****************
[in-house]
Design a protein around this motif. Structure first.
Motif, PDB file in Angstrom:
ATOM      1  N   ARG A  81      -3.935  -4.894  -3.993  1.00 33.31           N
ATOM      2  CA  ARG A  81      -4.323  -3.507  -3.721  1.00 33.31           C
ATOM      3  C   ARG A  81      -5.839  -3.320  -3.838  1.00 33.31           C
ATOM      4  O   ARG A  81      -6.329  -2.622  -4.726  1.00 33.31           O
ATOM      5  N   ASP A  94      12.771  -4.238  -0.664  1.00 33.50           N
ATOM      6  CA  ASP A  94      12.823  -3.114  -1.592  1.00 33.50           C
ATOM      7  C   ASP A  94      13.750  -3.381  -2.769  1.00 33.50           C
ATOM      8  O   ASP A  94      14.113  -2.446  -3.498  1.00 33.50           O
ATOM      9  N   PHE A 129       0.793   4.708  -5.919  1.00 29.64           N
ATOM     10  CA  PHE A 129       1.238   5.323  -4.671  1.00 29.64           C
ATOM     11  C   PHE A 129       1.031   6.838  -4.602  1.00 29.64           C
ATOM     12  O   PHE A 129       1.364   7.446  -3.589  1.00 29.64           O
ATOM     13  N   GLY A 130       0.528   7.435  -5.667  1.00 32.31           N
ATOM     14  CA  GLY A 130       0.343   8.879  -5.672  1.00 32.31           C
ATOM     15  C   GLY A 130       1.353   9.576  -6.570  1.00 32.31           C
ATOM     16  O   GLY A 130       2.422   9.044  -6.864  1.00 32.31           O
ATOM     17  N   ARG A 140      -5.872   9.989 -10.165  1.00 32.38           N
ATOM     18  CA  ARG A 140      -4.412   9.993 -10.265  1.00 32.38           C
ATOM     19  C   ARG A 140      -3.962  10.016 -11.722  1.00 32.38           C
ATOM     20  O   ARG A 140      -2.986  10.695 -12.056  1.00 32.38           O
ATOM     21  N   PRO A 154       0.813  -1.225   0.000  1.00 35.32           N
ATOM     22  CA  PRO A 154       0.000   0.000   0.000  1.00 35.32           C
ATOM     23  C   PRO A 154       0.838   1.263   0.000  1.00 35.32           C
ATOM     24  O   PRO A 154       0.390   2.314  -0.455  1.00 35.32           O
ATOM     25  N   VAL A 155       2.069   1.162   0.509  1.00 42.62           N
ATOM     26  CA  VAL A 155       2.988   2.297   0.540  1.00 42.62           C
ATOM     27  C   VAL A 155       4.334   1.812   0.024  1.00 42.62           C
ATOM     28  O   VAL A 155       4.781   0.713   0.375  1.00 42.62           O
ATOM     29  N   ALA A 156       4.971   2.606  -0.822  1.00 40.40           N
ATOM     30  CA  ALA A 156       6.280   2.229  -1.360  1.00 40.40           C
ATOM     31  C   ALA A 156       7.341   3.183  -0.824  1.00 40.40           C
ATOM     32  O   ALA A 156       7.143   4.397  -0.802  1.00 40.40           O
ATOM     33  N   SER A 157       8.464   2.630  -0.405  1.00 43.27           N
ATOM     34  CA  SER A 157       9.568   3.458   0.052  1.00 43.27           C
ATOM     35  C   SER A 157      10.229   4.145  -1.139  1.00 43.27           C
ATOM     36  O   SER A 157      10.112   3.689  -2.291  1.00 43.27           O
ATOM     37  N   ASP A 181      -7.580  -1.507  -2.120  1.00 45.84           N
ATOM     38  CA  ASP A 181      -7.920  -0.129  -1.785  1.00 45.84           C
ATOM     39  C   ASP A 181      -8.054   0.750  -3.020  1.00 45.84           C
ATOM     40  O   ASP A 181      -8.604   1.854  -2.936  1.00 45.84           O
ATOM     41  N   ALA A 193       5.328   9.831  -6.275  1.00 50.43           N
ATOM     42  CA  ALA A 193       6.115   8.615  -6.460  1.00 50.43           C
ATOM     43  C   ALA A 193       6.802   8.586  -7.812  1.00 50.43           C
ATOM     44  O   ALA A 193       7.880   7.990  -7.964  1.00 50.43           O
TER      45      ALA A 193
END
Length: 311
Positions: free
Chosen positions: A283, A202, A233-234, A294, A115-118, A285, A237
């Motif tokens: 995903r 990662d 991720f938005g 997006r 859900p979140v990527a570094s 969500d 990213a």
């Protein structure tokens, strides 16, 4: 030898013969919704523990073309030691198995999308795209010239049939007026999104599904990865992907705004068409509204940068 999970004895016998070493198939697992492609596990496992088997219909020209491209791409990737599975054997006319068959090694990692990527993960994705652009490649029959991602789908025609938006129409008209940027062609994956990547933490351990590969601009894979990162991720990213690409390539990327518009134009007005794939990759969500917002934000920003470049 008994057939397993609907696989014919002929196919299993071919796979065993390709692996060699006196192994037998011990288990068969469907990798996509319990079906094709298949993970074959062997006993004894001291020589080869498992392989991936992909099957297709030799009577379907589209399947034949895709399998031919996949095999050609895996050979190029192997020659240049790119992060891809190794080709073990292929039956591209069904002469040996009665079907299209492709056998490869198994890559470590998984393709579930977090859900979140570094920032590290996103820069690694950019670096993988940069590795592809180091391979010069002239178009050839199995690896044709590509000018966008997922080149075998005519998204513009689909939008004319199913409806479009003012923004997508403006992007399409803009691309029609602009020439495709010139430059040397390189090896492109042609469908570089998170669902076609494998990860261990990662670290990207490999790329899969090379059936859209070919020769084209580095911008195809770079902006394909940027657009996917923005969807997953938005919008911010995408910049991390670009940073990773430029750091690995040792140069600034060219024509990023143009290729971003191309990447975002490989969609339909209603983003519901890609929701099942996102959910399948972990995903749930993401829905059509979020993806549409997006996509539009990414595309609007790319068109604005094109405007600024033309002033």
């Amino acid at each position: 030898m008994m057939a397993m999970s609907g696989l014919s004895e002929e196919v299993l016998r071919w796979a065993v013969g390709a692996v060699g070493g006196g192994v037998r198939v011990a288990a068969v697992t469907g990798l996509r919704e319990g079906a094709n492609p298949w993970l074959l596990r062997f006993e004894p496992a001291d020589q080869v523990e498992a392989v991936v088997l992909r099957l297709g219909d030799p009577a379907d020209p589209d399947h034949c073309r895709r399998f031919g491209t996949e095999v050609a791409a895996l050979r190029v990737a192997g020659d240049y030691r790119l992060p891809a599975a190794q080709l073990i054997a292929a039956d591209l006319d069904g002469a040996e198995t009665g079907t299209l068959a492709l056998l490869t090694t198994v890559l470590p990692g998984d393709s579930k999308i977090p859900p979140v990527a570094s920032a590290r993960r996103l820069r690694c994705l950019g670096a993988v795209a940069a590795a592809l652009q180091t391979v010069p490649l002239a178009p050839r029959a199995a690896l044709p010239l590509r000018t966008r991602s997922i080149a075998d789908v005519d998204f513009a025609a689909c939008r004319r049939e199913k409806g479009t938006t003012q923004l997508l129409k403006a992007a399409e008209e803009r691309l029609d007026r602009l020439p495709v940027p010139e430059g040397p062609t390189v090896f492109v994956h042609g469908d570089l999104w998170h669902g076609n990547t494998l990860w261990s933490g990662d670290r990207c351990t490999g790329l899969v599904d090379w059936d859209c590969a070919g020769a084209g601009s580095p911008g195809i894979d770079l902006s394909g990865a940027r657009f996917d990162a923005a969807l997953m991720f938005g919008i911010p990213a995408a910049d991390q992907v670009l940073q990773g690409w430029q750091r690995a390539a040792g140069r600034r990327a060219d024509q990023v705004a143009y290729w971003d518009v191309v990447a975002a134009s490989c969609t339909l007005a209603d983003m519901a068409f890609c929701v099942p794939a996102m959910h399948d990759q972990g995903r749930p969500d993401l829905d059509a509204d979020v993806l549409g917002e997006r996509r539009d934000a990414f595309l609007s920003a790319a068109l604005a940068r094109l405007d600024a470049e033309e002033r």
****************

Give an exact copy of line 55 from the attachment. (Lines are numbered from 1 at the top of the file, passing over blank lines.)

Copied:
């Amino acid at each position: 030898m008994m057939a397993m999970s609907g696989l014919s004895e002929e196919v299993l016998r071919w796979a065993v013969g390709a692996v060699g070493g006196g192994v037998r198939v011990a288990a068969v697992t469907g990798l996509r919704e319990g079906a094709n492609p298949w993970l074959l596990r062997f006993e004894p496992a001291d020589q080869v523990e498992a392989v991936v088997l992909r099957l297709g219909d030799p009577a379907d020209p589209d399947h034949c073309r895709r399998f031919g491209t996949e095999v050609a791409a895996l050979r190029v990737a192997g020659d240049y030691r790119l992060p891809a599975a190794q080709l073990i054997a292929a039956d591209l006319d069904g002469a040996e198995t009665g079907t299209l068959a492709l056998l490869t090694t198994v890559l470590p990692g998984d393709s579930k999308i977090p859900p979140v990527a570094s920032a590290r993960r996103l820069r690694c994705l950019g670096a993988v795209a940069a590795a592809l652009q180091t391979v010069p490649l002239a178009p050839r029959a199995a690896l044709p010239l590509r000018t966008r991602s997922i080149a075998d789908v005519d998204f513009a025609a689909c939008r004319r049939e199913k409806g479009t938006t003012q923004l997508l129409k403006a992007a399409e008209e803009r691309l029609d007026r602009l020439p495709v940027p010139e430059g040397p062609t390189v090896f492109v994956h042609g469908d570089l999104w998170h669902g076609n990547t494998l990860w261990s933490g990662d670290r990207c351990t490999g790329l899969v599904d090379w059936d859209c590969a070919g020769a084209g601009s580095p911008g195809i894979d770079l902006s394909g990865a940027r657009f996917d990162a923005a969807l997953m991720f938005g919008i911010p990213a995408a910049d991390q992907v670009l940073q990773g690409w430029q750091r690995a390539a040792g140069r600034r990327a060219d024509q990023v705004a143009y290729w971003d518009v191309v990447a975002a134009s490989c969609t339909l007005a209603d983003m519901a068409f890609c929701v099942p794939a996102m959910h399948d990759q972990g995903r749930p969500d993401l829905d059509a509204d979020v993806l549409g917002e997006r996509r539009d934000a990414f595309l609007s920003a790319a068109l604005a940068r094109l405007d600024a470049e033309e002033r």